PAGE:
AP/Philadelphia Inquirer Examines Health Insurer Support for Pill Splitting
The AP/Philadelphia Inquirer on Monday examined recent efforts by health insurers to reduce costs by encouraging pill splitting. Although seniors "with the help of their doctors and pharmacists" have split pills to lower costs "for years," insurers began promoting the practice after studies found "it can save massive amounts on purchasing drugs -- a key driver of increased premiums," the AP/Inquirer reports.
For example, UnitedHealthcare, the nation's second-largest health insurer, announced this month that it will reduce by half the price of drugs and copayments of patients who split double-strength medications, which "don't cost much more than single-strength ones," according to the AP/Inquirer. The Department of Veterans Affairs in November 2004 announced pill splitting by 1.1 million beneficiaries using the anti-cholesterol medication Zocor saved the agency $46.5 million annually, and the Regence Group saves $5 million annually through pill splitting.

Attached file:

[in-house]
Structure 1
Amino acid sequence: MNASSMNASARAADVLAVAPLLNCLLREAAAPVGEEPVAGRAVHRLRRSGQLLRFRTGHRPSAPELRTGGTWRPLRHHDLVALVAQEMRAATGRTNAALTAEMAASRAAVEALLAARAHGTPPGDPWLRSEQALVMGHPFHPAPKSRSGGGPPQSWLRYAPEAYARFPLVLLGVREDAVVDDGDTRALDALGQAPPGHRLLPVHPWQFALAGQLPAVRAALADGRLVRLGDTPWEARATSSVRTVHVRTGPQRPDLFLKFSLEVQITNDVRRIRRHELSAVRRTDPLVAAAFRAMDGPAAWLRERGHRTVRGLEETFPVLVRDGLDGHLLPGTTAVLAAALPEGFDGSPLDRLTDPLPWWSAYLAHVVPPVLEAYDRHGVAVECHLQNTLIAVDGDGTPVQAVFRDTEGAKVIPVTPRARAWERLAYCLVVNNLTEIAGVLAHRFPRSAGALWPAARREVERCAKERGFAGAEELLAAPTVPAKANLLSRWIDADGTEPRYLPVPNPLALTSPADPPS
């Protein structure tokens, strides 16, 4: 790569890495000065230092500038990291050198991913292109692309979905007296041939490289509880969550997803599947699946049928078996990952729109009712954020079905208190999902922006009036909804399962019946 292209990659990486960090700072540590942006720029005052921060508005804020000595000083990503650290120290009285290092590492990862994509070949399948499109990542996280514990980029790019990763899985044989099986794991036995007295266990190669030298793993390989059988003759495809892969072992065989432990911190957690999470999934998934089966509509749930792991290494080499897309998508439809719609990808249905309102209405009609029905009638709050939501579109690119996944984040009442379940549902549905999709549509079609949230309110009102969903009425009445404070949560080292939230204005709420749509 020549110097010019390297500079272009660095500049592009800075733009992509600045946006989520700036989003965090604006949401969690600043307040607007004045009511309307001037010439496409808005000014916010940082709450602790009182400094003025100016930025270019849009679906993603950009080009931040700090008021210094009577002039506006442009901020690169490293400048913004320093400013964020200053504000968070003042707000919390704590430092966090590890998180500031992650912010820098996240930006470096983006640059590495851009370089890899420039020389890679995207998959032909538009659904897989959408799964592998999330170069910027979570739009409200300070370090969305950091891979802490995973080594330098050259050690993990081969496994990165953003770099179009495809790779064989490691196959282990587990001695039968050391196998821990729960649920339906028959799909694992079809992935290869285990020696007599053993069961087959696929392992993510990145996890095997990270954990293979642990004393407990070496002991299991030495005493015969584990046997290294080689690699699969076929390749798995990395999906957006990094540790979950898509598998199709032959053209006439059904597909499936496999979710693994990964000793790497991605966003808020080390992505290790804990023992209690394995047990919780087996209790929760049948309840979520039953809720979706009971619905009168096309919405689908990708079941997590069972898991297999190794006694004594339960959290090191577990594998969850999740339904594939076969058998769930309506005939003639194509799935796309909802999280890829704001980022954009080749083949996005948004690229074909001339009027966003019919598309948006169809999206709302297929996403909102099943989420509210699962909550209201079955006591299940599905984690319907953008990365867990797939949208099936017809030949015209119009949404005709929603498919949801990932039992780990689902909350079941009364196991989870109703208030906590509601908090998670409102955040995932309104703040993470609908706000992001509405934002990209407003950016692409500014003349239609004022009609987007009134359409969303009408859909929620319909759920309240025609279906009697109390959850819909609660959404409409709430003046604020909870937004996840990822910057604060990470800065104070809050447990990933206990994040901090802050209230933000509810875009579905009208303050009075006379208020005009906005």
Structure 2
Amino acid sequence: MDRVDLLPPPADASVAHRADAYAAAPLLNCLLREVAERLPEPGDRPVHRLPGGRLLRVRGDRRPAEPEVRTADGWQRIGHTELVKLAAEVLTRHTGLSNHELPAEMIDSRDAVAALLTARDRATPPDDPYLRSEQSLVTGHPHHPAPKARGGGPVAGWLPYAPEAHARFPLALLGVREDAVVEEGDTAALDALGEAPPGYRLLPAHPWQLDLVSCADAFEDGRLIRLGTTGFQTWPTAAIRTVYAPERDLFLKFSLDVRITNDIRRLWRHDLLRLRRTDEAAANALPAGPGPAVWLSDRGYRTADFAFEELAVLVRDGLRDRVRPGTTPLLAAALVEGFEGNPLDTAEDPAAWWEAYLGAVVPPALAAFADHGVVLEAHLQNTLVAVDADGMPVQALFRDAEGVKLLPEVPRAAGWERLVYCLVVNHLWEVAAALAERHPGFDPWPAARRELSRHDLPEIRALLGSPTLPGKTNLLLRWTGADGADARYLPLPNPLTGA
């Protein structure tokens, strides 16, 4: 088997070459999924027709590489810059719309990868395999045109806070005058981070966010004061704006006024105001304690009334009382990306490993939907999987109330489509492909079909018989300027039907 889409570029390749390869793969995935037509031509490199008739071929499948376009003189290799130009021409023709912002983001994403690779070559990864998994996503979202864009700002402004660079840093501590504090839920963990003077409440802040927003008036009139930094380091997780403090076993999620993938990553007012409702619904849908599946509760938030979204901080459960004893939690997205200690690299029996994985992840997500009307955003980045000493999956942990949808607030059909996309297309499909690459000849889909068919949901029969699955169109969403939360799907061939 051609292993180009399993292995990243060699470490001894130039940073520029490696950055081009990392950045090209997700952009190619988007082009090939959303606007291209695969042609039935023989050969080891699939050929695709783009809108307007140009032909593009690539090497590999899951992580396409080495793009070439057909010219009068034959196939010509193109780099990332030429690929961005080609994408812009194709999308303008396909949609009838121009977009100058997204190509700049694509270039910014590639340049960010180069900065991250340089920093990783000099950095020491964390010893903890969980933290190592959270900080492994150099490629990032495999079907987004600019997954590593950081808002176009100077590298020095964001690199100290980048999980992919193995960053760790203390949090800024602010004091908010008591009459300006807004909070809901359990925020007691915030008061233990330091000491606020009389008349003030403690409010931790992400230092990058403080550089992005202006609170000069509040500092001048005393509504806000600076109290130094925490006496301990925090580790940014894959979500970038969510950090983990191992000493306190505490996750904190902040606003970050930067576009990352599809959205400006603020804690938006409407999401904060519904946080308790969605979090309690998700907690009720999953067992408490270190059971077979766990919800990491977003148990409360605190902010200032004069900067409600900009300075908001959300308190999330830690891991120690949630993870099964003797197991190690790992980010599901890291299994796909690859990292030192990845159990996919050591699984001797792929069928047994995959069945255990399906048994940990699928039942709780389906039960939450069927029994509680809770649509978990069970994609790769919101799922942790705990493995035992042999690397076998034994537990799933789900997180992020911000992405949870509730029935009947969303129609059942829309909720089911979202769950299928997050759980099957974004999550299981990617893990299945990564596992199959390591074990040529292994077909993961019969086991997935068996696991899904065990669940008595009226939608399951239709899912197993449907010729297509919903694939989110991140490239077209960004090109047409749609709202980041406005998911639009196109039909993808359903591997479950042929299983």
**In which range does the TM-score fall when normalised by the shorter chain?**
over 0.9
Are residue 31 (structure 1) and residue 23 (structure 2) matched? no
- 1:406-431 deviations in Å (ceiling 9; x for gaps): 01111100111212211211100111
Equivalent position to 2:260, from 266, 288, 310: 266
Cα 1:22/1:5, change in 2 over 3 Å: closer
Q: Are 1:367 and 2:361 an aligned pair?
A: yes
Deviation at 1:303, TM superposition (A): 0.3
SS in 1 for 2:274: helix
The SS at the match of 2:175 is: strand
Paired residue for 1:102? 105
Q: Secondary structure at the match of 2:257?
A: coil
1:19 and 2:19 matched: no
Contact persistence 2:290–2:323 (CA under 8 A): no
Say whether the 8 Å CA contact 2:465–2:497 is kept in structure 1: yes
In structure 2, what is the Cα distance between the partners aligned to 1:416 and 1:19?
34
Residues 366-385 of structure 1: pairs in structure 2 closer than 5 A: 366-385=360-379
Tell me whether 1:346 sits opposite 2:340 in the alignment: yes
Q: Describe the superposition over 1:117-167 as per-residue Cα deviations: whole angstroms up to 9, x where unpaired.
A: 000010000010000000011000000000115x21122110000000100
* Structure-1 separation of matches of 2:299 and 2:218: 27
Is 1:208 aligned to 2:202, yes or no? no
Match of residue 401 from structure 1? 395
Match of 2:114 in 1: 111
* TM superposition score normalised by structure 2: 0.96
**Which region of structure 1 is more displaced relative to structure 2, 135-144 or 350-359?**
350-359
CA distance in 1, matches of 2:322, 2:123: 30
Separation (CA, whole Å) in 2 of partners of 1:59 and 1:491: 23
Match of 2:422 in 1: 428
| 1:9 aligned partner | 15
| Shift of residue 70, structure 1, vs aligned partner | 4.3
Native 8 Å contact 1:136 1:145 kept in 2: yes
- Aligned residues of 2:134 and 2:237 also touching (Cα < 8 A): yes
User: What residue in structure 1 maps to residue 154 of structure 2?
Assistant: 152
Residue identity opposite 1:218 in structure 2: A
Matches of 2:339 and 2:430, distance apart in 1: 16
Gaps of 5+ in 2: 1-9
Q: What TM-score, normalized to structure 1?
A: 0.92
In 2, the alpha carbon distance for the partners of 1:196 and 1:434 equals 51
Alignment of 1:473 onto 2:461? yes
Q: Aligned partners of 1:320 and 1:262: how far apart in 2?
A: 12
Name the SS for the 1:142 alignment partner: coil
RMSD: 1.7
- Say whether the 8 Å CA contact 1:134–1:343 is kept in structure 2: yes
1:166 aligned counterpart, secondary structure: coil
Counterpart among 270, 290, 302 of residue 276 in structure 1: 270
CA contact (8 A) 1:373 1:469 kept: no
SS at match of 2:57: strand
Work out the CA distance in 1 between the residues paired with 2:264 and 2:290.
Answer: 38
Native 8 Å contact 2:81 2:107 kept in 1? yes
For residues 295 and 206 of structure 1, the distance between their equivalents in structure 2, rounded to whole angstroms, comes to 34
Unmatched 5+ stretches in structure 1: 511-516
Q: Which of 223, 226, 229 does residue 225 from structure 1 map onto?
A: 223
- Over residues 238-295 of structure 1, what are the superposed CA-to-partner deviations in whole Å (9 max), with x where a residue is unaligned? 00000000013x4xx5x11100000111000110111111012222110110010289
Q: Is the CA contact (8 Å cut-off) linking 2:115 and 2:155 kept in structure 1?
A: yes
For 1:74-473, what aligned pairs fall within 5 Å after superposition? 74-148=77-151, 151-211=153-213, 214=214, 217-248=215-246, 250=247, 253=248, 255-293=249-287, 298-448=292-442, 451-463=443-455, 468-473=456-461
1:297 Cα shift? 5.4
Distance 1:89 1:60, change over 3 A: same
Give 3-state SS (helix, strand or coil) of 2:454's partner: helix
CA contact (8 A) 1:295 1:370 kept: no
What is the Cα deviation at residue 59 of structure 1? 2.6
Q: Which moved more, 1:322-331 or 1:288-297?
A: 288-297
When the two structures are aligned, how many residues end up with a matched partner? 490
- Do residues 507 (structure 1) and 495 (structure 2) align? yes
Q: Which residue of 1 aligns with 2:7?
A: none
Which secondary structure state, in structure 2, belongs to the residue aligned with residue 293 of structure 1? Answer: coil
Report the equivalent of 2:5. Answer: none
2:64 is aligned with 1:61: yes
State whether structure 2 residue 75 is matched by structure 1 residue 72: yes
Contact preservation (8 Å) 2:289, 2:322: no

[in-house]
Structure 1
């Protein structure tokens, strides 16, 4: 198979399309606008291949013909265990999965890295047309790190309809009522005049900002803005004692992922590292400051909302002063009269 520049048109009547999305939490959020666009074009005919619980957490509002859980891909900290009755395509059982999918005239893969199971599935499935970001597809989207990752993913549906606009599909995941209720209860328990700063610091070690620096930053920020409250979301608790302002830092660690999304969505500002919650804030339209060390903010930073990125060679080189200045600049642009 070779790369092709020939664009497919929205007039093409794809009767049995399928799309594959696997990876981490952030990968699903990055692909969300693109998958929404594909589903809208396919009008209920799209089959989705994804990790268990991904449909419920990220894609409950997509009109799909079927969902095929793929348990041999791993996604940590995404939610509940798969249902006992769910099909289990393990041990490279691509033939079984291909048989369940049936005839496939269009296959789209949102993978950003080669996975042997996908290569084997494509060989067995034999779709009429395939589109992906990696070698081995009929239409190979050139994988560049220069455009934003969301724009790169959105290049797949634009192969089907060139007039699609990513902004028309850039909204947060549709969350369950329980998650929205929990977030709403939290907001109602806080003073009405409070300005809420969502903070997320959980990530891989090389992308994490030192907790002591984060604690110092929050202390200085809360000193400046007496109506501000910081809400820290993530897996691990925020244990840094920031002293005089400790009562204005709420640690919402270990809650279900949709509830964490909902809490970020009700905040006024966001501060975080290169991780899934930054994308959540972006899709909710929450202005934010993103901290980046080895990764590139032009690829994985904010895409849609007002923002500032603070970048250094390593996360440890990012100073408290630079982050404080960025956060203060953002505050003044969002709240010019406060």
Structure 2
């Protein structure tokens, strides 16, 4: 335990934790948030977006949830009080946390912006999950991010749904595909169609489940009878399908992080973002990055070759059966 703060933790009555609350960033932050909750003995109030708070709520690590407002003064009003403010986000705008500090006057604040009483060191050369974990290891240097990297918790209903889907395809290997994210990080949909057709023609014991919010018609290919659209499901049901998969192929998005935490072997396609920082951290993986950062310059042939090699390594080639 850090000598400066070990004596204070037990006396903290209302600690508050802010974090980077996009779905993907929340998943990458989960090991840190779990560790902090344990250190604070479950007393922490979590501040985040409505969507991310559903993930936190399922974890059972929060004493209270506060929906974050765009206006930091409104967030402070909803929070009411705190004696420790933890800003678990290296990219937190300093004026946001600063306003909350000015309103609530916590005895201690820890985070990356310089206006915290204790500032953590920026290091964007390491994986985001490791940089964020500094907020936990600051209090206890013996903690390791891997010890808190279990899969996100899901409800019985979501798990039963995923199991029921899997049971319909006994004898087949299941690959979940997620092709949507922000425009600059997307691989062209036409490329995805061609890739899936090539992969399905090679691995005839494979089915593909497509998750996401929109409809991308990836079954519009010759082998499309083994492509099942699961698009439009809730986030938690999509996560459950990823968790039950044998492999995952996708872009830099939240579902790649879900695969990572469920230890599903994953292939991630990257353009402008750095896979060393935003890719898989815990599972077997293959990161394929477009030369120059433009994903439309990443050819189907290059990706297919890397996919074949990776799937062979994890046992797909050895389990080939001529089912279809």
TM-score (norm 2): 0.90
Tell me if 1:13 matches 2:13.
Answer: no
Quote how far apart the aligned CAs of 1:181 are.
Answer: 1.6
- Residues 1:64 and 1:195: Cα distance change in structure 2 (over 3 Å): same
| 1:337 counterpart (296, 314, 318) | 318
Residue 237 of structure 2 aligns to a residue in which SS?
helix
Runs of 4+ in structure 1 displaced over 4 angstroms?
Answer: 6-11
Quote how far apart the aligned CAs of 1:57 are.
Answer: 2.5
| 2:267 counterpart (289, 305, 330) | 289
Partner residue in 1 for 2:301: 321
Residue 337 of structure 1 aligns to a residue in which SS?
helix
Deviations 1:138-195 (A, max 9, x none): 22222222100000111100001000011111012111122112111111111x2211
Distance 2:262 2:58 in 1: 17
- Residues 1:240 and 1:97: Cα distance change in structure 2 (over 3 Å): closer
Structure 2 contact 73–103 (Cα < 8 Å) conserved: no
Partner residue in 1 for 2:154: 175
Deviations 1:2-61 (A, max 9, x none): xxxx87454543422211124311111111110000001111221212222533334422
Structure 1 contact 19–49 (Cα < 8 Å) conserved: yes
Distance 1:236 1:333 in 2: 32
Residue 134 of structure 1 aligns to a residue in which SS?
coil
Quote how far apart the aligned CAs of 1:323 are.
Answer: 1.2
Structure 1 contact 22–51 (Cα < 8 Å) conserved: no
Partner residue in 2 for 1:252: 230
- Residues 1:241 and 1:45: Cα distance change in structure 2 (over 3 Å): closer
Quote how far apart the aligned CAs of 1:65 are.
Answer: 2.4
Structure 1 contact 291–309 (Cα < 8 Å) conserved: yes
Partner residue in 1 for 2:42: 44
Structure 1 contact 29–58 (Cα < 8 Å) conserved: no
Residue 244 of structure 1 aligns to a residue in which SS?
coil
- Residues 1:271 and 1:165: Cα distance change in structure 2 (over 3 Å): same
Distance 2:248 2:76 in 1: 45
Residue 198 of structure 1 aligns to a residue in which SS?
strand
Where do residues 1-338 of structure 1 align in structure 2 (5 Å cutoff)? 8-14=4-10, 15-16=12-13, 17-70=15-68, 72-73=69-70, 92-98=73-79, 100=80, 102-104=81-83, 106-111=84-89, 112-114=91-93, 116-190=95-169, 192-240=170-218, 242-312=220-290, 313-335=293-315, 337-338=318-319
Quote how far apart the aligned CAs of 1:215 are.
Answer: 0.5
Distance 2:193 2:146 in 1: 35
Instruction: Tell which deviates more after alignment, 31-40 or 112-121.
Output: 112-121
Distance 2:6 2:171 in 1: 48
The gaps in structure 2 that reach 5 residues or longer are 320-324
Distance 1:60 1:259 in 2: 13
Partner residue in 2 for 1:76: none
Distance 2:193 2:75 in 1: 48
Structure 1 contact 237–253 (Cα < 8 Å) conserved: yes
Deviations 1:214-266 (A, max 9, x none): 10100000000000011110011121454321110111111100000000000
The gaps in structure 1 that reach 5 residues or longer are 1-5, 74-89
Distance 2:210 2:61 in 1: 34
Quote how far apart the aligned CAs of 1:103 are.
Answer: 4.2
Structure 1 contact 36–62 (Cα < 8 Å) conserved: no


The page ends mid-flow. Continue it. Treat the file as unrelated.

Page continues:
Tim Heady, CEO of UnitedHealth Pharmaceutical Solutions, said the insurer has compiled a list of 15 medications that can be split easily without adverse effects. Heady said the company has determined that unevenly splitting the specified pills -- including Pfizer's anti-depressant Zoloft and cholesterol drug Lipitor -- "doesn't really have an impact on efficacy or safety."
However, Pfizer Director of Medical Alliances Mark Horn warns that splitting pills is an "unlabeled use of our medicines" that has not been thoroughly tested.
FDA officials also warn that risks associated with pill splitting include "forgetting to split pills, slicing time-release pills or unevenly breaking ones for which a precise daily dosage is needed," the AP/Inquirer reports. FDA Director of Pharmacy Affairs Tom McGinnis said patients should only split pills under the guidance of a physician to avoid such risks (Nakashima, AP/Philadelphia Inquirer, 6/13).